Blog on small business, entrepreneurship debuts

January 4, 2011
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Thanks for dropping in. You’ve landed at IBJ’s new blog about small business and entrepreneurship, Small Biz Matters. Glad you’re here.

At Small Biz Matters you’ll find an assortment of news, analysis, tidbits and more. But it’s a work in progress, so chime in about what you like and what you want to read about, and I’ll try to accommodate.

A few words about myself, then I’ll step back and the floor is yours.

I’ve been covering business news in one way or another for 25 years. Some of you know me as IBJ’s original small-business editor, back when the first George Bush was president. Others of you are familiar with the IBJ blog I wrote the past couple of years, NewsTalk. (NewsTalk is archived at ibj.com.) Still others of you read the IBJ sections I edit, Focus and Forefront.

Soon, in addition to this blog, I’ll also begin writing occasional articles on entrepreneurship.

For now, I’ll leave you with the small-business legislative priorities of the Indiana State Chamber of Commerce and the Indiana office of the National Federation of Independent Business. After all, the General Assembly starts Wednesday.

The lobbies hope to minimize any increase in unemployment insurance taxes as the state looks to plug a yawning debt to the federal government to pay claims. The state has been kicking the can ahead for the past couple of years in order to restructure the system during a budget-writing year, which is the primary task of the session.

Both groups also intend to lobby against starting a sales tax on services.

Thoughts?
 

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  • Encourage Support
    I encourage support of the small-business legislative priorities mentioned. As a small business offering primarily services, taxing them would distinctly impact our business. That coupled with increased unemployment taxes would be cripling to several small businesses.
  • Small Businesses
    Something else to remember about small businesses is how many of them there are.

    I can find a cite /c data if anyone is interested - from the Census Bureau - so it's not an article where someone else analyzed the data and provides a particular slant on the stats. Truth vs. Reality.

    (It can be true you see pink elephants, but that doesn't mean they are real.)

    The number of operations (not defined, I thought it would work well as "stores" as in franchises, where a lot of people work (collectively) although each one has a substantially smaller headcount.

    Sure, one big factory can put a lot of people in the unemployed world, but if you want businesses which can't handle all of this extra financial burden, most (actually, a **HUGE** number of them are in the < 20 <50 or <100 ranges of people.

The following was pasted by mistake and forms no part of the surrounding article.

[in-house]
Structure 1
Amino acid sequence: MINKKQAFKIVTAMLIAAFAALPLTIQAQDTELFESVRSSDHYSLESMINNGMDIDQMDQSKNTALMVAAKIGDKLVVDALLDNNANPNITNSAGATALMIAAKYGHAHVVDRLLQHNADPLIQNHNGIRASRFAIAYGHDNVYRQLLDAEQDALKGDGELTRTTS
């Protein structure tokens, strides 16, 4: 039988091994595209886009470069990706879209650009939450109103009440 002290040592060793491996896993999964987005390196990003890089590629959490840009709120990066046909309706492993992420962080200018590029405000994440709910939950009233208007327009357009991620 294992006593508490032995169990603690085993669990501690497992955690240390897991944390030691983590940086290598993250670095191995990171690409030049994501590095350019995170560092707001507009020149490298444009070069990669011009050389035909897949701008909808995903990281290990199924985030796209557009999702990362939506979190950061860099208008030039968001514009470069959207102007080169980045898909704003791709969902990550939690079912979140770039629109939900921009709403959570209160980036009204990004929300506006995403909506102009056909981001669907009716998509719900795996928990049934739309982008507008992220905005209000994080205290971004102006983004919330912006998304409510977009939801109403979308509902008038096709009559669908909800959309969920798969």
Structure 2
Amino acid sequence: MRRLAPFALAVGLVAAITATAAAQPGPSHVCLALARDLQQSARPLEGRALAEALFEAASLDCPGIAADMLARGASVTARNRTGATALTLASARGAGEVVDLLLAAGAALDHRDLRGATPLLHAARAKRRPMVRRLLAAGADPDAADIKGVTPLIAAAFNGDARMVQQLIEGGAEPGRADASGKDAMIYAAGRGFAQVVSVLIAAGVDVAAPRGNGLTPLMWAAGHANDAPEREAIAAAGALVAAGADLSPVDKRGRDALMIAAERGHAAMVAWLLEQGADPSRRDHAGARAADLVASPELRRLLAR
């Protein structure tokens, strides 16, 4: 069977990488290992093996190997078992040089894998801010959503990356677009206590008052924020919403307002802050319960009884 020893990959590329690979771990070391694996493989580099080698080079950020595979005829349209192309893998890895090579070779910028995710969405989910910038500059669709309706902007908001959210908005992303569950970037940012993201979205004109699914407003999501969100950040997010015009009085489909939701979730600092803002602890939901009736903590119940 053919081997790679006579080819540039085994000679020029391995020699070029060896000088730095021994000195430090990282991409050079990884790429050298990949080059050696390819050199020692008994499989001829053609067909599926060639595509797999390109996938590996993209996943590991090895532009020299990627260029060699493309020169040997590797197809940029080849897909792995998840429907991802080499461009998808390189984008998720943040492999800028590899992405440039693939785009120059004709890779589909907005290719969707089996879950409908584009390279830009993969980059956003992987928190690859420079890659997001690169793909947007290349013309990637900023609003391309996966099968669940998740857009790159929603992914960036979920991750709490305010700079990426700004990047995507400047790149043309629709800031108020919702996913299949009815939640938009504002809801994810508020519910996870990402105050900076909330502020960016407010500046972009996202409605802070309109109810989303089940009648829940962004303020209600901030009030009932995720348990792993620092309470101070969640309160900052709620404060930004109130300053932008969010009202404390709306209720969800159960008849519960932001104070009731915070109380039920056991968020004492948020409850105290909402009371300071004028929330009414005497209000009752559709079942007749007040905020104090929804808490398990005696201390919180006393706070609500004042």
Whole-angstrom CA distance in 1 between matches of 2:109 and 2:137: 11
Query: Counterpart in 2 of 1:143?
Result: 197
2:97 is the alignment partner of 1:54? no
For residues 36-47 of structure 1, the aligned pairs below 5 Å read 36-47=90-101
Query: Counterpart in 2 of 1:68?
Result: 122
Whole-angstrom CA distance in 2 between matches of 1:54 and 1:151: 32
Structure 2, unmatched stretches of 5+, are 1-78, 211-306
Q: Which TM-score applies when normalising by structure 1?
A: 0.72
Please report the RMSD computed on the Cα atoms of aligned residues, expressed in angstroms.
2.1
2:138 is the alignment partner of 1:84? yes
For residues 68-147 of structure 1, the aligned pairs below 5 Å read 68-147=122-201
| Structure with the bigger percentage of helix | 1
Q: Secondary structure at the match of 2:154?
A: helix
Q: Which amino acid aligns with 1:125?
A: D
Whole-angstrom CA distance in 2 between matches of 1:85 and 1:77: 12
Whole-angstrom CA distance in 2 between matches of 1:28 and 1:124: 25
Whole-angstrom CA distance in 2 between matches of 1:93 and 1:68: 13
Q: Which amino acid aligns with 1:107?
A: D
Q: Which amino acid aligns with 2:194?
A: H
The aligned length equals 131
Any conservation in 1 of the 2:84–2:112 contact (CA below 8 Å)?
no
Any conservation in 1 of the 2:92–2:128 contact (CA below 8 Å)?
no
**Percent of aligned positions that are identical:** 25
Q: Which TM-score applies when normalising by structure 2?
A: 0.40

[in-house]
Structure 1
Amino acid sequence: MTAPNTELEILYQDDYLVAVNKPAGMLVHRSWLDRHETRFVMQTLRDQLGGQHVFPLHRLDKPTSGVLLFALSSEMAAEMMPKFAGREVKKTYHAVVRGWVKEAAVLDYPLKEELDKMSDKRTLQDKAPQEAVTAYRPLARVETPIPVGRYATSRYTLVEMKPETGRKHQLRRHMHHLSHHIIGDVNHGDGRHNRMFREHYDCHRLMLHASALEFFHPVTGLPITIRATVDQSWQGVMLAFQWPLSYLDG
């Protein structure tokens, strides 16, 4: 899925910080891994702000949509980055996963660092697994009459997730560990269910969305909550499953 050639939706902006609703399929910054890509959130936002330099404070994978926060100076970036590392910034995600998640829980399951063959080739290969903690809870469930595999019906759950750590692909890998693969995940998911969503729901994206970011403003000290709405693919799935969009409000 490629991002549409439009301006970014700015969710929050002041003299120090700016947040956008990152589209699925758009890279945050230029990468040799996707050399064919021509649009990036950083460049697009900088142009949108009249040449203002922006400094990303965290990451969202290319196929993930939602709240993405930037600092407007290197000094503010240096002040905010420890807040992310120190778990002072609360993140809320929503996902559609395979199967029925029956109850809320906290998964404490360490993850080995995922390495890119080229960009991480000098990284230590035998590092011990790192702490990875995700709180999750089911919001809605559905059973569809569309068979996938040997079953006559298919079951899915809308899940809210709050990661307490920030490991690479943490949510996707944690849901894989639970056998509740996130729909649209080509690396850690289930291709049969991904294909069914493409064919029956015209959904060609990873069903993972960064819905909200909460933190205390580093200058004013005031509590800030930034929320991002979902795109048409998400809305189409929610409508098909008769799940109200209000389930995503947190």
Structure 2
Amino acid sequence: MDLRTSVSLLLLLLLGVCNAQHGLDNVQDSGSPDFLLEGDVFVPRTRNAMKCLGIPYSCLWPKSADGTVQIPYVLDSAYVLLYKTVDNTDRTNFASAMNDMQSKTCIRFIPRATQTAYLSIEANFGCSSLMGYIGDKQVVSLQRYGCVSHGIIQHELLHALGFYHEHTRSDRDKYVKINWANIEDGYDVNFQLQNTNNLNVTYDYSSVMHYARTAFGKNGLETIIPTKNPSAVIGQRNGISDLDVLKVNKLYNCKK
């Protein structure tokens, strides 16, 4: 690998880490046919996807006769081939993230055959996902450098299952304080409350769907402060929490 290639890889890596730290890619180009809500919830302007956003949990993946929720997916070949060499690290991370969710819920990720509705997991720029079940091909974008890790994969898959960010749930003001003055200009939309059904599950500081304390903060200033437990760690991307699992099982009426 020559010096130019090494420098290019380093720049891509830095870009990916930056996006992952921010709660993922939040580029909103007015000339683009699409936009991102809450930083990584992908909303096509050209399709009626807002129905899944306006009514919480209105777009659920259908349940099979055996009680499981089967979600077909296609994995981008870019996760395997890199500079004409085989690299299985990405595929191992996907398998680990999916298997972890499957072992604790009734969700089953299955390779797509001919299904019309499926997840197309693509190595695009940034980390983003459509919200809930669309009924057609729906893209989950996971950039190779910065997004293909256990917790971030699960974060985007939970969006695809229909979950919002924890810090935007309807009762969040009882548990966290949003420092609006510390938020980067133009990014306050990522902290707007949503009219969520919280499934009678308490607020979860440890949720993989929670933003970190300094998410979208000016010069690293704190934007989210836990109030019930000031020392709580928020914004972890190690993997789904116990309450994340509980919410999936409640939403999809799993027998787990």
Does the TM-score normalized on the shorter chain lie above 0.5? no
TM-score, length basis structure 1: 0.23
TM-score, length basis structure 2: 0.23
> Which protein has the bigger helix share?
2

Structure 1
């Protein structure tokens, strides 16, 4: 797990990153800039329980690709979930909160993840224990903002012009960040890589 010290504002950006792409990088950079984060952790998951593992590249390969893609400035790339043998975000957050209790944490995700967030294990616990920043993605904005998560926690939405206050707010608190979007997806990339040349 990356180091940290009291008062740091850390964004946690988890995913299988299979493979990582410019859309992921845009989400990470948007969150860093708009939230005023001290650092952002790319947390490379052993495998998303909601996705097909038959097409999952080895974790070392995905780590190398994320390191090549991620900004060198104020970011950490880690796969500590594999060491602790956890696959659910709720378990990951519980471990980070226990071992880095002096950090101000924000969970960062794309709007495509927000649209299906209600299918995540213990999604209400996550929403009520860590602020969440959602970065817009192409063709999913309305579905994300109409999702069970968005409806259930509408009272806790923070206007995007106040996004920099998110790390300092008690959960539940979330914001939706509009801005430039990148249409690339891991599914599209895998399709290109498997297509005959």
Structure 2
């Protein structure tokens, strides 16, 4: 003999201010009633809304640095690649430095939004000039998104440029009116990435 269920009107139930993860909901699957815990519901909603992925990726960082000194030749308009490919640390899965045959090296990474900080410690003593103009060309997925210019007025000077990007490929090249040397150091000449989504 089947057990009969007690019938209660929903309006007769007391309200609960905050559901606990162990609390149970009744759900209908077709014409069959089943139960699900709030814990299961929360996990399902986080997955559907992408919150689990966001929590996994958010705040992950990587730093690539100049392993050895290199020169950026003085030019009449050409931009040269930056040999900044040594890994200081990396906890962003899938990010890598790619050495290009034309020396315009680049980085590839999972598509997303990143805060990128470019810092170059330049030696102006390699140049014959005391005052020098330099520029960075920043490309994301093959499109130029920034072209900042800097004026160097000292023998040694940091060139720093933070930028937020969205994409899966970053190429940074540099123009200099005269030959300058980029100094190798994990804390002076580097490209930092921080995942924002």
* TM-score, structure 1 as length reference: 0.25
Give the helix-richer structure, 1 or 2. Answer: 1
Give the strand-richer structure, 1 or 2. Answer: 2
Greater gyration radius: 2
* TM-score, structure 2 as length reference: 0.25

Cheers,

    phil
  • Hybrid Business
    Indiana is behind on the movement of hybrid business--namely, low profit limited liability companies (L3Cs) and benefit corporations as business entity types. IL and MI have the L3C business form, along with several other states. There are only two states with benefit corps on the books, but more coming. If we're truly a pro-entrepreneurship state, our law makers need to get the L3C and the benefit corporation entity types on the books...yesterday.

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  1. In reality, Lilly is maintaining profit by cutting costs such as Indiana/US citizen IT workers by a significant amount with their Tata Indian consulting connection, increasing Indian H1B's at Lillys Indiana locations significantly and offshoring to India high paying Indiana jobs to cut costs and increase profit at the expense of U.S. workers.

  2. I think perhaps there is legal precedence here in that the laws were intended for family farms, not pig processing plants on a huge scale. There has to be a way to squash this judges judgment and overrule her dumb judgement. Perhaps she should be required to live in one of those neighbors houses for a month next to the farm to see how she likes it. She is there to protect the people, not the corporations.

  3. http://www.omafra.gov.on.ca/english/engineer/facts/03-111.htm Corporate farms are not farms, they are indeed factories on a huge scale. The amount of waste and unhealthy smells are environmentally unsafe. If they want to do this, they should be forced to buy a boundary around their farm at a premium price to the homeowners and landowners that have to eat, sleep, and live in a cesspool of pig smells. Imagine living in a house that smells like a restroom all the time. Does the state really believe they should take the side of these corporate farms and not protect Indiana citizens. Perhaps justifiable they should force all the management of the farms to live on the farm itself and not live probably far away from there. Would be interesting to investigate the housing locations of those working at and managing the corporate farms.

  4. downtown in the same area as O'malia's. 350 E New York. Not sure that another one could survive. I agree a Target is needed d'town. Downtown Philly even had a 3 story Kmart for its downtown residents.

  5. Indy-area residents... most of you have no idea how AMAZING Aurelio's is. South of Chicago was a cool pizza place... but it pales in comparison to the heavenly thin crust Aurelio's pizza. Their deep dish is pretty good too. My waistline is expanding just thinking about this!

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